Big changes for the National

Daryl Jacob celebrates on Neptune Collonges after winning during the John Smith's Grand National Steeple Chase on day three of the 2012. The race will see big changes made to it nex year.

Daryl Jacob celebrates on Neptune Collonges after winning during the John Smith's Grand National Steeple Chase on day three of the 2012. The race will see big changes made to it nex year.

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Aintree and the British Horseracing Authority have announced a number of changes that will be implemented for the 2013 John Smith’s Grand National.

One of the key measures is moving the position of the start for the world’s most famous steeplechase forward 90 yards, away from the crowds and grandstands, among other changes to the starting procedure.

This means the distance of the race will now be around four miles and three and a half furlongs, reduced from the previous distance of four and a half miles.

Other changes to the start include the ‘no-go’ zone, which is defined by a line on the track, being extended from 15 yards to around 30 yards from the starting tape. The starter’s rostrum has been moved to a position between the starting tape and the ‘no-go’ zone to reduce the potential for horses to go through the starting tape prematurely.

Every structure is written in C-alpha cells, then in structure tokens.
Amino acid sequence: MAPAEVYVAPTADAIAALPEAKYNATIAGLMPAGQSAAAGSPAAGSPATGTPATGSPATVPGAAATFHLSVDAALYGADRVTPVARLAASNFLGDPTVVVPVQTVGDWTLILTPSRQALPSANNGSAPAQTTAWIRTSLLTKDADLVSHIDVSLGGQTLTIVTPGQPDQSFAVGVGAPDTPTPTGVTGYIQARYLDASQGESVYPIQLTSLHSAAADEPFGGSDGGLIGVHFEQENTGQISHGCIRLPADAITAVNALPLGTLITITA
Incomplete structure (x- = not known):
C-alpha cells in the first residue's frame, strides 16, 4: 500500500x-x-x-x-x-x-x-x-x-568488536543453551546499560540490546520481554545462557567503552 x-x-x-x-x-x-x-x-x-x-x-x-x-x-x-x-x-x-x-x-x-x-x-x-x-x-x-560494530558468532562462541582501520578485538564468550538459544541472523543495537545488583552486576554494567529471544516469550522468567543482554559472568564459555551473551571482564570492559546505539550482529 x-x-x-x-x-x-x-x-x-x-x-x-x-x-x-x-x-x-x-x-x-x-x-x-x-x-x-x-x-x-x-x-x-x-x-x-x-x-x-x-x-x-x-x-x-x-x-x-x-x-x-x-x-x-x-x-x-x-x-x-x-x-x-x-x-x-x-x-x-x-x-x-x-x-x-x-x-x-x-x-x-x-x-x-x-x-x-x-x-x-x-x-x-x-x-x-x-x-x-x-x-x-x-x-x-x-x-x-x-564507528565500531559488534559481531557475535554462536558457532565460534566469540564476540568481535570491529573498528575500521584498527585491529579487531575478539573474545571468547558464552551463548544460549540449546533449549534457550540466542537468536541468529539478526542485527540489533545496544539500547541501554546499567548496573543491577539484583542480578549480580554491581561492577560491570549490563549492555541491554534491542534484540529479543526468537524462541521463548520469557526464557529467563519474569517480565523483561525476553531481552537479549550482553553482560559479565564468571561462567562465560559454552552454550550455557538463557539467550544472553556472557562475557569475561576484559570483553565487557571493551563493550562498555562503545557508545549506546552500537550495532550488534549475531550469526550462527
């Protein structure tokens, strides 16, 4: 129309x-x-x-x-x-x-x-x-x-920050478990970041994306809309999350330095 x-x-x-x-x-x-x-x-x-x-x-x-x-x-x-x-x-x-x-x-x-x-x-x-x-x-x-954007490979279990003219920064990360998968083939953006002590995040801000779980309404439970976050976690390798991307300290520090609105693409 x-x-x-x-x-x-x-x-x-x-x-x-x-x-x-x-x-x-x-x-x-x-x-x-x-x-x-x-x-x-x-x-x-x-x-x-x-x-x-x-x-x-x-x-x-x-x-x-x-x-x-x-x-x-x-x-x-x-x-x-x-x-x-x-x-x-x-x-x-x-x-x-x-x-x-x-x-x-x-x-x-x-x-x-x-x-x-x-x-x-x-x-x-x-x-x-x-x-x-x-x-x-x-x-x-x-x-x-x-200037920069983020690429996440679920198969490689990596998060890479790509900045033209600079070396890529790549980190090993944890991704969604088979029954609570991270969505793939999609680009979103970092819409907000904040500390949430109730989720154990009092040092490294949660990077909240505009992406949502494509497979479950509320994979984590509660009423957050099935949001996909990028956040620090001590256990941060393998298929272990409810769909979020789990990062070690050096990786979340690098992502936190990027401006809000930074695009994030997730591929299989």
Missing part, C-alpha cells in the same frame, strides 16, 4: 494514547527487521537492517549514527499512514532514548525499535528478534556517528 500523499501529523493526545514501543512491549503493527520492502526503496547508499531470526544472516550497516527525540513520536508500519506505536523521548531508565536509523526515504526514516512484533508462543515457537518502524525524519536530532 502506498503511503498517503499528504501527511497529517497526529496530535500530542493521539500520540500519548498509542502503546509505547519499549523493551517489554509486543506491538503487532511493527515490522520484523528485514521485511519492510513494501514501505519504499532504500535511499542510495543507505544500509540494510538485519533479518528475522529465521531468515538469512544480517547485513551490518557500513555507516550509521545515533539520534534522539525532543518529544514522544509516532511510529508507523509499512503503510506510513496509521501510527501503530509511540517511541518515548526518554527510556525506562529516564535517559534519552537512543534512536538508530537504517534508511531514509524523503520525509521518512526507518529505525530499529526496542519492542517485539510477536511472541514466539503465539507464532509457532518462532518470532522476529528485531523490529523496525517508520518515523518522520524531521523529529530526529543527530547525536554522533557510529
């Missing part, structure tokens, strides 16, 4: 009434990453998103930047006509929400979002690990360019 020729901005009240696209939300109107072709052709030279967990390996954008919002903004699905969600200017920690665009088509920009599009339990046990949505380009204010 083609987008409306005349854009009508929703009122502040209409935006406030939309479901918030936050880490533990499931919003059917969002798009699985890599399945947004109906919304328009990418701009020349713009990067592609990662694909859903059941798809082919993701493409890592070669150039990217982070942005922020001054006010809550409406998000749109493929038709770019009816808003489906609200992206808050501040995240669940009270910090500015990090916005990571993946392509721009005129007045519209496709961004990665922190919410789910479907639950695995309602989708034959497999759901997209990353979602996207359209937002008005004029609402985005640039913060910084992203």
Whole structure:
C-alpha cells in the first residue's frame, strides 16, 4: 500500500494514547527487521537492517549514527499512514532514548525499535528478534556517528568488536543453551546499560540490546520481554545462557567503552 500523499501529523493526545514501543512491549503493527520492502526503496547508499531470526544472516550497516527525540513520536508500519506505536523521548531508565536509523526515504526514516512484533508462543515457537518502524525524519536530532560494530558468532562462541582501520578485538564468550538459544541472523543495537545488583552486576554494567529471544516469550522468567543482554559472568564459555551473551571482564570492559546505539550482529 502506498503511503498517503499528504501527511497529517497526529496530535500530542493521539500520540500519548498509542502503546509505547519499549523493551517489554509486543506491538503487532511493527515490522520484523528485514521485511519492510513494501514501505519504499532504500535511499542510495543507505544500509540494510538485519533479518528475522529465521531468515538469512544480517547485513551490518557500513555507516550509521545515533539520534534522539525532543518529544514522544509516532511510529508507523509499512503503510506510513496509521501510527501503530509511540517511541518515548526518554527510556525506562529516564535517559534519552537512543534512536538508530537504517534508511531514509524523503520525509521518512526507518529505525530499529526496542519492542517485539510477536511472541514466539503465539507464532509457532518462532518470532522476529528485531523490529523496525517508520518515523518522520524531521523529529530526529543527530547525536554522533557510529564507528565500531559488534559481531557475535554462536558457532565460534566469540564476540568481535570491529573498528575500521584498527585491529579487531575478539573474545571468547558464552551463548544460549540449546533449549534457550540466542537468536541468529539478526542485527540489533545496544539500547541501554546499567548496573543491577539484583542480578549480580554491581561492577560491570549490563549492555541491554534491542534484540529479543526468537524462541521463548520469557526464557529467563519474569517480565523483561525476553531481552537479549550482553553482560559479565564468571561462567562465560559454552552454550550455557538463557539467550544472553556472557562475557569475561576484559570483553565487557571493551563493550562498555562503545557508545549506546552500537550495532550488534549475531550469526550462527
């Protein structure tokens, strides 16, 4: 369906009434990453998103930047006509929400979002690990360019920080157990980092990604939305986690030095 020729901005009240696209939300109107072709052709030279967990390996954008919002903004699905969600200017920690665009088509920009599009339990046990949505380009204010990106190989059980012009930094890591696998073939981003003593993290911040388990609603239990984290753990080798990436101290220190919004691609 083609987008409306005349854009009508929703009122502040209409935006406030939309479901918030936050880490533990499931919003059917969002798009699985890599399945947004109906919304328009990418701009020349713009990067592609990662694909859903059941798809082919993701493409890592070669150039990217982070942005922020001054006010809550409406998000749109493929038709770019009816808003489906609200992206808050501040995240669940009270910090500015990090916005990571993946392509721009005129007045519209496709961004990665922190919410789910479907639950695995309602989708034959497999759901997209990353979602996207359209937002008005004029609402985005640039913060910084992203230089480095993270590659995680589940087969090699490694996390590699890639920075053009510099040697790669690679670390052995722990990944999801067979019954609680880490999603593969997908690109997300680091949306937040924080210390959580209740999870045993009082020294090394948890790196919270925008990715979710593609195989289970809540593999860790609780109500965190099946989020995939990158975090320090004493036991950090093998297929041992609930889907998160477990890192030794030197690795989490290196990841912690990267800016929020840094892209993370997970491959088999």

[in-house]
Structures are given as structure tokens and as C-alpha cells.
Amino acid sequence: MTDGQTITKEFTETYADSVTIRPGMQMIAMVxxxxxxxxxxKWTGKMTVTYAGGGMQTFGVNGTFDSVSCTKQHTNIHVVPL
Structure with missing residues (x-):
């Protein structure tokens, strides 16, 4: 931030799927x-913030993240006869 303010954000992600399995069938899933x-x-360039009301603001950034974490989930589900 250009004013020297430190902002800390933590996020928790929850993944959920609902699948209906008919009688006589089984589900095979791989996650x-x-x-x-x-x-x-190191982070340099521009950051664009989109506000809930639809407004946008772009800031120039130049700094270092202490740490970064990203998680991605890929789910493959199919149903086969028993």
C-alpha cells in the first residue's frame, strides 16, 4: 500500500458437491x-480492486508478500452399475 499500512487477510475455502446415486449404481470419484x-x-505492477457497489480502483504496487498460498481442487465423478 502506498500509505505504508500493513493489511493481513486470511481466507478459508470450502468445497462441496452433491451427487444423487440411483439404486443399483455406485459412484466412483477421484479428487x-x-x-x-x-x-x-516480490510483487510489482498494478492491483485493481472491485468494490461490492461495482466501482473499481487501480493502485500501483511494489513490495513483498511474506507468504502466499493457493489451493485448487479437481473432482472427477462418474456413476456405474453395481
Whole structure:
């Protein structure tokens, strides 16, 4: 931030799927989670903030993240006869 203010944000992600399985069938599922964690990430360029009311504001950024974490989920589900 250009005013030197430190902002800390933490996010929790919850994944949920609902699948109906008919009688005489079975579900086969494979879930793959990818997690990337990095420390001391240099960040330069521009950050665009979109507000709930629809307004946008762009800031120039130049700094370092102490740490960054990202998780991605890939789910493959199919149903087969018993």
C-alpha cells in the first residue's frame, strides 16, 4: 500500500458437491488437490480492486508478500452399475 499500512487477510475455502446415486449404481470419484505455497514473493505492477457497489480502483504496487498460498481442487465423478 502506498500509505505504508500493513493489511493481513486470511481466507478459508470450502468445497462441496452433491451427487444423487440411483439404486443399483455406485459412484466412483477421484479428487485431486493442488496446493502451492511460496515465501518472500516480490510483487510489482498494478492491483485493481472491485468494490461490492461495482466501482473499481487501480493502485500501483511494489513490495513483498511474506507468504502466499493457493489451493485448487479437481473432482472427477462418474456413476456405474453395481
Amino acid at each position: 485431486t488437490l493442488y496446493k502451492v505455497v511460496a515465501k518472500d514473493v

The tapes themselves will also be more user-friendly, with increased visibility, while there will be a specific briefing between the starters’ team and the jockeys on Grand National day.

Sole set for Longchamp mission

Star sprinter Sole Power has taken his Doncaster exertions in his stride ahead of a likely tilt at the Prix de l’Abbaye at Longchamp next month.

The 2010 Nunthorpe winner made the most of a drop to Listed class by registering a hugely impressive performance in Scarbrough Stakes under Johnny Murtagh, his first victory in well over a year.

A return to the highest level now beckons for the five-year-old, with trainer Eddie Lynam hoping for some dry weather ahead of an intended trip to Paris.

“He came back in really good form and when we weighed him when he arrived home, he was actually heavier than when he went over, so he’s taken the race well,” said Lynam.

“All being well he’ll be going for the Abbaye if the ground is right. We’ll nominate him for Hong Kong, but going over there is all about being invited.”